Immigrant experience shapes view of war

Kornelius Ens is the director of the Museum of Russian-German Cultural History in Detmold, Germany. — Museum of Russian-German Cultural History Kornelius Ens is the director of the Museum of Russian-German Cultural History in Detmold, Germany. — Museum of Russian-German Cultural History

Germany is home to thousands of Russlanddeutsche (Germans from Russia), many of them of Mennonite background, who immigrated since the 1970s from the former Soviet Union.

After Russia’s invasion of Ukraine, the Museum of Russian-German Cultural History in Detmold created a coordinator ­position to arrange accommodation for refugees, with the long-term goal of focusing on peace and international understanding through on-site encounters.

Museum director Kornelius Ens told the evangelical German magazine Chrismon that anyone with Russian-German heritage should take a stand against the Russian invasion of Ukraine as a matter of dealing with their own history.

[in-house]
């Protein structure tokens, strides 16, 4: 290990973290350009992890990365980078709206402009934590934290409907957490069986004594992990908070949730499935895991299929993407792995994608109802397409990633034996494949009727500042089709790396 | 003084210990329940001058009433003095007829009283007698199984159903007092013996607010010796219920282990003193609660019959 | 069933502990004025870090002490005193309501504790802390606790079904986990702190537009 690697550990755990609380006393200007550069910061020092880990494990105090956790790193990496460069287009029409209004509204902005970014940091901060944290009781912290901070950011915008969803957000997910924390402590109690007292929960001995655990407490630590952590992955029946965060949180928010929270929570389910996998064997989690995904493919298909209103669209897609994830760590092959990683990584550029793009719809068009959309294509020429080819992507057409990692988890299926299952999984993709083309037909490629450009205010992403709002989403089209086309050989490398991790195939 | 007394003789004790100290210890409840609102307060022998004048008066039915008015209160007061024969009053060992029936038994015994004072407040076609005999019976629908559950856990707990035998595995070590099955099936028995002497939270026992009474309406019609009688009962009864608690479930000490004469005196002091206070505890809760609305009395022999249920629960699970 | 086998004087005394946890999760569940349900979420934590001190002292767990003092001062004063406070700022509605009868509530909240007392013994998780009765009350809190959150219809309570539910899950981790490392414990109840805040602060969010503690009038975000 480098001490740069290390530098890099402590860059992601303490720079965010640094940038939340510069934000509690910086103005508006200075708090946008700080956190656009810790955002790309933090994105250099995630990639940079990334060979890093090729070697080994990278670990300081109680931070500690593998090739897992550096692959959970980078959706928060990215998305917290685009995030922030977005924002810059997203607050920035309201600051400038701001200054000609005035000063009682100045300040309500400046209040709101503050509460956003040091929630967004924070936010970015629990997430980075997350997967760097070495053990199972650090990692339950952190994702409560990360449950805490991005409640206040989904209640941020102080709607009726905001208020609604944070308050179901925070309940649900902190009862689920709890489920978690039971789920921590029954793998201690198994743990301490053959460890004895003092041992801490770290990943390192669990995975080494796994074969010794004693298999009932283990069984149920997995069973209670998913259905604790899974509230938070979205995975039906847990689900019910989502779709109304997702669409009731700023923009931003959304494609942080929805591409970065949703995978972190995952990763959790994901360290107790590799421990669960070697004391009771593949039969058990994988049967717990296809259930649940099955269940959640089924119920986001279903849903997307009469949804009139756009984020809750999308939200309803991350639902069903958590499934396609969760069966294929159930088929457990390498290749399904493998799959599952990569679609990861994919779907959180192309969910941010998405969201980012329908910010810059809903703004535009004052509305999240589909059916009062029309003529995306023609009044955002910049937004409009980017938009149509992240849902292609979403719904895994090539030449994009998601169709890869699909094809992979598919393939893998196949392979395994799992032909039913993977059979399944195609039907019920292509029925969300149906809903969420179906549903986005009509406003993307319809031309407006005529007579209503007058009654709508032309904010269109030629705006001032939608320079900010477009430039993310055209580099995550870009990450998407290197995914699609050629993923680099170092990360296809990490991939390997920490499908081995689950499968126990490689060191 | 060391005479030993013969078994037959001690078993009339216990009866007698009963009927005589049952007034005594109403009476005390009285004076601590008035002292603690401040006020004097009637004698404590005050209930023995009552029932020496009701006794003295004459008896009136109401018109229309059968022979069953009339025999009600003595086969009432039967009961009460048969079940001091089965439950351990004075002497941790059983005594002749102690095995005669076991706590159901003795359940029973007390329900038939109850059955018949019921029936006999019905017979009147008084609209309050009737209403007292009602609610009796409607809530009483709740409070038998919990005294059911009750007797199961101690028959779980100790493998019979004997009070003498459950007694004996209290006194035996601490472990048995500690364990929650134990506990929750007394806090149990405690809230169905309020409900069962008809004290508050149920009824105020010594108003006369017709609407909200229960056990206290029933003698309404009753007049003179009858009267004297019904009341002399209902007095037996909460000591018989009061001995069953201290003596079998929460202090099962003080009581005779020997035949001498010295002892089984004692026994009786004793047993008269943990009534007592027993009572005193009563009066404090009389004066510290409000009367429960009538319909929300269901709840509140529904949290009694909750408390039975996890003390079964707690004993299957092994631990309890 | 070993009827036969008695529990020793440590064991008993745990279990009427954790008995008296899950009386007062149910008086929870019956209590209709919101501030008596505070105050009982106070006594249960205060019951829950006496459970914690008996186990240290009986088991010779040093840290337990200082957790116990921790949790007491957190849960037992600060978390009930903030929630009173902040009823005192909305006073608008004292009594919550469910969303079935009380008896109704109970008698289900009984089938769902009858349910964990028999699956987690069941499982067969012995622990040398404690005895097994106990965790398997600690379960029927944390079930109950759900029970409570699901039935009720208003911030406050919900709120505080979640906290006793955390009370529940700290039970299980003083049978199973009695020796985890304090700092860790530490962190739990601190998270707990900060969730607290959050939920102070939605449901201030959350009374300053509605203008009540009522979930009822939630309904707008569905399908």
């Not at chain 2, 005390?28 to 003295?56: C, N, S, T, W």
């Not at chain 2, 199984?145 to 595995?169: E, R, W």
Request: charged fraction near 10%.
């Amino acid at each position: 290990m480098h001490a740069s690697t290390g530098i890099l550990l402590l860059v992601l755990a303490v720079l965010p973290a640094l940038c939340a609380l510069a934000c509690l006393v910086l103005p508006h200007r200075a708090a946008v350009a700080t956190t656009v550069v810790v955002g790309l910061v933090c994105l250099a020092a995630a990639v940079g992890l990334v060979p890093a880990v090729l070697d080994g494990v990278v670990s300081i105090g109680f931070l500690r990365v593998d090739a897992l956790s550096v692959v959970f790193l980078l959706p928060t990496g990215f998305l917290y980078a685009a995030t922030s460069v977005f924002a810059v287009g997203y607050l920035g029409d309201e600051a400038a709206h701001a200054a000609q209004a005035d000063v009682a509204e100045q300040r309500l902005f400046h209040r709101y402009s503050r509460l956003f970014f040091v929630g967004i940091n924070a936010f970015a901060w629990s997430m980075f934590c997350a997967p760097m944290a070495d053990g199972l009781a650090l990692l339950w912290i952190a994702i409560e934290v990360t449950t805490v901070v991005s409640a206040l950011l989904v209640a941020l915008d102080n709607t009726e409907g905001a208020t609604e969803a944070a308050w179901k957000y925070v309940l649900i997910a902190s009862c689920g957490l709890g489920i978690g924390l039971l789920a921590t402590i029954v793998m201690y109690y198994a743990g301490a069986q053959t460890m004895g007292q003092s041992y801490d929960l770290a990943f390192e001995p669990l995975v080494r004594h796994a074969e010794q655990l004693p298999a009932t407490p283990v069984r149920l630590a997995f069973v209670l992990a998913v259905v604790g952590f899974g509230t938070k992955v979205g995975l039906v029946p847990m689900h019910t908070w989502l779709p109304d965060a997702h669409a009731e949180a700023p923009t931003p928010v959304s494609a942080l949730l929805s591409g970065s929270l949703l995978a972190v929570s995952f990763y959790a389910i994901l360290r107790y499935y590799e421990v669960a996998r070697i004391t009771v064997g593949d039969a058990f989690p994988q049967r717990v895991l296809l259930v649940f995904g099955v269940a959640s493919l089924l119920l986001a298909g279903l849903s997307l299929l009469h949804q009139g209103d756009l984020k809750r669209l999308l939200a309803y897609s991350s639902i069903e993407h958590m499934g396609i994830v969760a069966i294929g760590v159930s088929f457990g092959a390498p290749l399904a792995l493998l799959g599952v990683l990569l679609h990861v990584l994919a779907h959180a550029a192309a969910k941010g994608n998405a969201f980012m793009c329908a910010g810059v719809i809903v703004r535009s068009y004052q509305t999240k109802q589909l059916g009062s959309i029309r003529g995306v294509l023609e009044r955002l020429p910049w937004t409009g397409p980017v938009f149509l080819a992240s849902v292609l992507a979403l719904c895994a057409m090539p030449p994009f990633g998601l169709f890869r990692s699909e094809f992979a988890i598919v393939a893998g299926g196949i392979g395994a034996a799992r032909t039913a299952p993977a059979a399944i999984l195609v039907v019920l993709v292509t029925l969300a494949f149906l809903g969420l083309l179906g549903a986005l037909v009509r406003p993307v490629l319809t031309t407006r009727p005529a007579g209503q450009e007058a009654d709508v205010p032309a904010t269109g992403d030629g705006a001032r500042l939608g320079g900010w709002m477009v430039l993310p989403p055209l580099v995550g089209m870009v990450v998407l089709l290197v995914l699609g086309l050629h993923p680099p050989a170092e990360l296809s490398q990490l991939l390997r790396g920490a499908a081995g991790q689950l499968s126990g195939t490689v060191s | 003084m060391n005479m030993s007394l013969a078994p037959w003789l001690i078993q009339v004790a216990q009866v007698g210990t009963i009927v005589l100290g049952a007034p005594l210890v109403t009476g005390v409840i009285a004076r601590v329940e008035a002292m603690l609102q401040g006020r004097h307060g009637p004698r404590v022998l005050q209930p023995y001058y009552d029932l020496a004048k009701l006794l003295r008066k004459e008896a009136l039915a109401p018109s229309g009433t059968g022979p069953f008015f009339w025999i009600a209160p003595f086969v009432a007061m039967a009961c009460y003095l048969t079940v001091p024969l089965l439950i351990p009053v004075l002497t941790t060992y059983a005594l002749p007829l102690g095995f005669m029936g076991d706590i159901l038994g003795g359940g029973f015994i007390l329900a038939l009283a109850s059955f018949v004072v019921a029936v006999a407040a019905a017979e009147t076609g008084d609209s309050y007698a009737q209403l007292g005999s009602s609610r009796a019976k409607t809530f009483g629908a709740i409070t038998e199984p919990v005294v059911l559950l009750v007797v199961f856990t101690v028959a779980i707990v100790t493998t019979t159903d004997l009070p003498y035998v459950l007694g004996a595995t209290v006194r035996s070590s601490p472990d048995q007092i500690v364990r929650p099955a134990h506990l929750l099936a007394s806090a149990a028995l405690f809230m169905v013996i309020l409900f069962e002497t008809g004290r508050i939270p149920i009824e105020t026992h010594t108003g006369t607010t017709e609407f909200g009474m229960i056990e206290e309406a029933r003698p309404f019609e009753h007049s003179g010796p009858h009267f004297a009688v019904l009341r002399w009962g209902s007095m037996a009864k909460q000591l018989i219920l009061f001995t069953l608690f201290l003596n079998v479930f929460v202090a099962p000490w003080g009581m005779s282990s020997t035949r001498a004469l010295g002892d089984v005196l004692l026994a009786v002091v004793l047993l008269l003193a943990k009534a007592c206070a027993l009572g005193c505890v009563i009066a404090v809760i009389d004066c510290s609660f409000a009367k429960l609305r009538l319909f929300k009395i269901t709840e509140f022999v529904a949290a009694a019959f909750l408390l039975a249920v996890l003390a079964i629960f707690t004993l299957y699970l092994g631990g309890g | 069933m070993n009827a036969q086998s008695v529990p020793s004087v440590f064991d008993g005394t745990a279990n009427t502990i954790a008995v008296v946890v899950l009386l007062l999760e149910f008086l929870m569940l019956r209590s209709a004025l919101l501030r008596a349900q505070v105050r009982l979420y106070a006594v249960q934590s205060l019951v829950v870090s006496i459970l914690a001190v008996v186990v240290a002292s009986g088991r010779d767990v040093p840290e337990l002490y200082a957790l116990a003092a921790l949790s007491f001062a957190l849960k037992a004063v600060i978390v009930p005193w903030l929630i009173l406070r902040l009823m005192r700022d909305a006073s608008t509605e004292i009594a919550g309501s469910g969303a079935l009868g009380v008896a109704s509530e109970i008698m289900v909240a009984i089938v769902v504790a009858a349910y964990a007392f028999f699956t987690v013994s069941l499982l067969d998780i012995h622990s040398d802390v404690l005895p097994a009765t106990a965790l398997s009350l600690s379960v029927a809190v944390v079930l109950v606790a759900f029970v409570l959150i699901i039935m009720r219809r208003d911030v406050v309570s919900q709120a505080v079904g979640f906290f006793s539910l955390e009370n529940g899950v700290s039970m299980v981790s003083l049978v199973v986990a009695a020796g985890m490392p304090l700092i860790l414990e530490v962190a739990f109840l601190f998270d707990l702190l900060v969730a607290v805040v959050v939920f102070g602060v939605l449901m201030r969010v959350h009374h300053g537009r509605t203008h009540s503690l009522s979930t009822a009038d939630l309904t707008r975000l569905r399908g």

“I would like to hear from every Russian-German: Krieg ist scheisse. Period,” he said. “The fate of the Russian-Germans — deportation, forced labor, loss of language — is so closely linked to war and its consequences, there cannot be two opinions. All other aspects, such as Ukraine’s history or NATO’s role, must recede into the background.

“In various statements on the war, even from the Russian-­German context, I miss the serious shock at the decades, if not centuries, of suffering created by this war. We Russian-Germans in particular must focus on understanding and reconciliation out of an awareness of our own history and build a bridge to the Ukrainian refugees with our knowledge of culture and language.”

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